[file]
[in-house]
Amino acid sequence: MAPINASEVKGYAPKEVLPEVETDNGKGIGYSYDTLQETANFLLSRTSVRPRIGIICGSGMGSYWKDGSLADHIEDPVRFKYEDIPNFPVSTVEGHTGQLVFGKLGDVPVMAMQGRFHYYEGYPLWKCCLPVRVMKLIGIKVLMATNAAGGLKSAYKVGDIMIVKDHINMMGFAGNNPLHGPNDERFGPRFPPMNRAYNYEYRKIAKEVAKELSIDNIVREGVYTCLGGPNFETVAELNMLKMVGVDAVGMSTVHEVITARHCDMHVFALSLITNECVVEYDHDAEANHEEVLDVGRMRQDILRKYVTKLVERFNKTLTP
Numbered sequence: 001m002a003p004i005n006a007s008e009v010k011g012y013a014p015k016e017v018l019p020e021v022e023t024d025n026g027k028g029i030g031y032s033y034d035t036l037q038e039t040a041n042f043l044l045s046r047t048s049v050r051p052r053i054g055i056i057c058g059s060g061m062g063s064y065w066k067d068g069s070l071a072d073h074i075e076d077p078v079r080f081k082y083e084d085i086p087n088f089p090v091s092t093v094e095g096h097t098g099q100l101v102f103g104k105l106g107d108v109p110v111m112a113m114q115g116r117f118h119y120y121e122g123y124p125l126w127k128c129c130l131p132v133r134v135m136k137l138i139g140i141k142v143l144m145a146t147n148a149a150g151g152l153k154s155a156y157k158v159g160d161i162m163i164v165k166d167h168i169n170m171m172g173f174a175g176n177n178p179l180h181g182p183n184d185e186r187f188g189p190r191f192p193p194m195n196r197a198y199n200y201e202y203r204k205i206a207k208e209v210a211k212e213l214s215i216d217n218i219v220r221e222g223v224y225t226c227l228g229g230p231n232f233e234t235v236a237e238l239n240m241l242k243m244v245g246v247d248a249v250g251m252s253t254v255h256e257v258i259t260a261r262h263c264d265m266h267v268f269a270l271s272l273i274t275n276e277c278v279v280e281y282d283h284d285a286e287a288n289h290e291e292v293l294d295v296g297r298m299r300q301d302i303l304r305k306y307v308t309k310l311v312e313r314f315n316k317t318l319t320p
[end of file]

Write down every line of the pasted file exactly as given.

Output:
[in-house]
Amino acid sequence: MAPINASEVKGYAPKEVLPEVETDNGKGIGYSYDTLQETANFLLSRTSVRPRIGIICGSGMGSYWKDGSLADHIEDPVRFKYEDIPNFPVSTVEGHTGQLVFGKLGDVPVMAMQGRFHYYEGYPLWKCCLPVRVMKLIGIKVLMATNAAGGLKSAYKVGDIMIVKDHINMMGFAGNNPLHGPNDERFGPRFPPMNRAYNYEYRKIAKEVAKELSIDNIVREGVYTCLGGPNFETVAELNMLKMVGVDAVGMSTVHEVITARHCDMHVFALSLITNECVVEYDHDAEANHEEVLDVGRMRQDILRKYVTKLVERFNKTLTP
Numbered sequence: 001m002a003p004i005n006a007s008e009v010k011g012y013a014p015k016e017v018l019p020e021v022e023t024d025n026g027k028g029i030g031y032s033y034d035t036l037q038e039t040a041n042f043l044l045s046r047t048s049v050r051p052r053i054g055i056i057c058g059s060g061m062g063s064y065w066k067d068g069s070l071a072d073h074i075e076d077p078v079r080f081k082y083e084d085i086p087n088f089p090v091s092t093v094e095g096h097t098g099q100l101v102f103g104k105l106g107d108v109p110v111m112a113m114q115g116r117f118h119y120y121e122g123y124p125l126w127k128c129c130l131p132v133r134v135m136k137l138i139g140i141k142v143l144m145a146t147n148a149a150g151g152l153k154s155a156y157k158v159g160d161i162m163i164v165k166d167h168i169n170m171m172g173f174a175g176n177n178p179l180h181g182p183n184d185e186r187f188g189p190r191f192p193p194m195n196r197a198y199n200y201e202y203r204k205i206a207k208e209v210a211k212e213l214s215i216d217n218i219v220r221e222g223v224y225t226c227l228g229g230p231n232f233e234t235v236a237e238l239n240m241l242k243m244v245g246v247d248a249v250g251m252s253t254v255h256e257v258i259t260a261r262h263c264d265m266h267v268f269a270l271s272l273i274t275n276e277c278v279v280e281y282d283h284d285a286e287a288n289h290e291e292v293l294d295v296g297r298m299r300q301d302i303l304r305k306y307v308t309k310l311v312e313r314f315n316k317t318l319t320p